New theatre chief opens to an empty house

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New Canberra Theatre director Alex Budd… “I would like there to be a ‘spring awakening’ of live theatre across Australia.” Photo: Holly Treadaway

The Canberra Theatre Centre will remain relatively becalmed, despite coronavirus restrictions easing and theatres permitted a limited form of reopening, new Canberra Theatre director Alex Budd tells arts editor HELEN MUSA

ALEX Budd, the new director of the Canberra Theatre, has barely sold a ticket since taking up the position in February. But he’s refunded thousands.

And even now, with the coronavirus restrictions easing and theatres permitted a limited form of reopening, progress at the theatre centre is likely to be slow.

“The lifting of restrictions is a great thing and it enables us to consider small scale activities which bring a limited audience back to our foyers and venues,” he says.

“The key issues for full-scale operation remain physical distancing, and broad support of arts companies and producers currently in urgent and desperate need of defibrillation.

“Much of our regular activity in The Playhouse and Canberra Theatre won’t return without their restoration coupled with enough seats to sell to make performances economically viable.”

Nevertheless, the livewire 45-year-old Budd seems buoyant and optimistic, having used the lockdown time to take stock, a chance few new directors ever have.

“If it weren’t so hideous, so disruptive and distressing to so many people, this period would be absolutely fascinating,” he says. 

“As a new person still finding my feet and getting to know the team, it was difficult to slam the script into reverse.”

Budd has come home again, after 22 years, directly from his role as executive producer, touring and commercial for Opera Australia, having left Canberra in 1998 to take up a lighting job with Graeme Murphy at Sydney Dance Company.

Born and bred in Canberra, the former voice student of the ANU School of Music knows this town well. He was part of the small, talented group of singers who founded Stopera chamber opera company in the 1990s, he worked at the Canberra Theatre as a lighting operator and designer under Alex Sciberras, absorbing the culture of the theatre centre he is now directing.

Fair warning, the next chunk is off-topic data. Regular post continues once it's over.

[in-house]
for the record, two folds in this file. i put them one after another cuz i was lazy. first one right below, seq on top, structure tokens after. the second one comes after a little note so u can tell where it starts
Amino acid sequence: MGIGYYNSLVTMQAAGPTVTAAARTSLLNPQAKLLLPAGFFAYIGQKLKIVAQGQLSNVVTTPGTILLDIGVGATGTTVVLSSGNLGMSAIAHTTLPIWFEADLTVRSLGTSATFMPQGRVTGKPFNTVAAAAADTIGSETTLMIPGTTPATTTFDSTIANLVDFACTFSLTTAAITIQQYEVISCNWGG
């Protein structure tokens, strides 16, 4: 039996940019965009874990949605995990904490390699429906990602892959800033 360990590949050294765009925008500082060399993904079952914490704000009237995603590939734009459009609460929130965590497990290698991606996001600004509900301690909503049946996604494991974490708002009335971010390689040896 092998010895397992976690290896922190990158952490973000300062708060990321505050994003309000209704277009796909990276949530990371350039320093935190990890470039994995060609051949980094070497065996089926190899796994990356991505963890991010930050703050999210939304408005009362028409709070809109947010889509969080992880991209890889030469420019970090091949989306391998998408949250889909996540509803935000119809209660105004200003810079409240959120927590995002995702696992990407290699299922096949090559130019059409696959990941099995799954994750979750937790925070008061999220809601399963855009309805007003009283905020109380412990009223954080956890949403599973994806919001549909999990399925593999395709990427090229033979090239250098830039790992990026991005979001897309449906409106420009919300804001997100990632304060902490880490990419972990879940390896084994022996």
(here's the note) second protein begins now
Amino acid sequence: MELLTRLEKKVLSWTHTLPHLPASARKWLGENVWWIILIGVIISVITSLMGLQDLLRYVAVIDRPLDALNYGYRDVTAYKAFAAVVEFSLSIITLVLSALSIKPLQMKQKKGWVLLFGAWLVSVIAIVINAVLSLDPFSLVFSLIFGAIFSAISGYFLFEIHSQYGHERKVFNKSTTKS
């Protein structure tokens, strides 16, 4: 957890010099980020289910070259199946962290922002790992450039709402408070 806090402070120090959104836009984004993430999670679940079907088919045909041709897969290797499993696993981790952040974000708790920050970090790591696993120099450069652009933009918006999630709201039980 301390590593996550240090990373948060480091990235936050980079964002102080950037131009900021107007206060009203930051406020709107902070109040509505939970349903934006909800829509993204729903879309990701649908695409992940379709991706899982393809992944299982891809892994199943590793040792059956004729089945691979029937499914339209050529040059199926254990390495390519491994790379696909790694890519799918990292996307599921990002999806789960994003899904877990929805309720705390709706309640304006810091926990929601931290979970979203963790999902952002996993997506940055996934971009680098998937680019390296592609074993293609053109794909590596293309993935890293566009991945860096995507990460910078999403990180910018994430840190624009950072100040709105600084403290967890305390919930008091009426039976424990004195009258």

What a homecoming!

With wife Kate, Budd hit the ground running, rented a house and settled their three boys into his old alma mater, Canberra Grammar School.

Kate, who met Alex when they were both working at OA, had grown up in Melbourne so the move was emotionally challenging, but luckily a couple of years ago she had taken up a “very transferable” job in admin with WA Opera, working remotely.

When the COVID-19 crisis hit, Alex says: “We had just started to put roots down and to meet people through school.

“Canberra is a lovely social space and small enough to run into people you know.”

Budd started work at Canberra Theatre on February 3. All was well. “Spamalot” had started and the subscription season at the Playhouse and David Williamson’s “Family Values” was coming up in March. 

But by the week beginning March 9, news arrived that Broadway was closing and although they got through “Family Values,” by a grim Friday the 13th, Budd was talking to the Canberra Comedy Festival about closing its gala and on March 18 he announced, over-optimistically that the theatres would close for four weeks, later extended.

“The situation had a silver lining,” Budd says. 

“I needed to make a whole lot of important contacts in the ACT government and the crisis brought me close to people quickly.”

It’s since been a hive of activity, with six box office staff working around the clock on ticket refunds and postponements remotely from their kitchens. 

Other staff have been busy rescheduling productions. Technical and maintenance staff have been doing long overdue upgrades to the dressing rooms. The women’s bathrooms in the Canberra Theatre have been upgraded to include an ambulant toilet and the capital works program slated for next year has been moved forward to 2020. Communicating by email has meant a huge reduction in paper used.

“The baseline economics of running a theatre is selling tickets,” yes, it’s the old bums-on-seats measure, he says, and if they were to observe the social distancing regulation of the four-square-metre rule, they’d be lucky to get 220 people into the bigger theatre, which seats 1239. 

“Even if we could, that’s not the way I imagine enjoying an evening in the theatre,” he adds. 

As to the future, he describes it as “a crystal ball with about a dozen chambers”. 

He says: “In the long term I’m really optimistic that the experience of being in the room with the lights going out, with 1200 people you don’t know, sharing something, will be back soon.”

But theatre companies, he cautions, won’t all just switch the lights back on at the one time and some smaller venues may be able to open more quickly, since every space’s reliance on ticket sales is different.

“We should get through winter and I would like there to be a ‘spring awakening’ of live theatre across Australia – we are all in this together.”


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Helen Musa
“CityNews” arts editor

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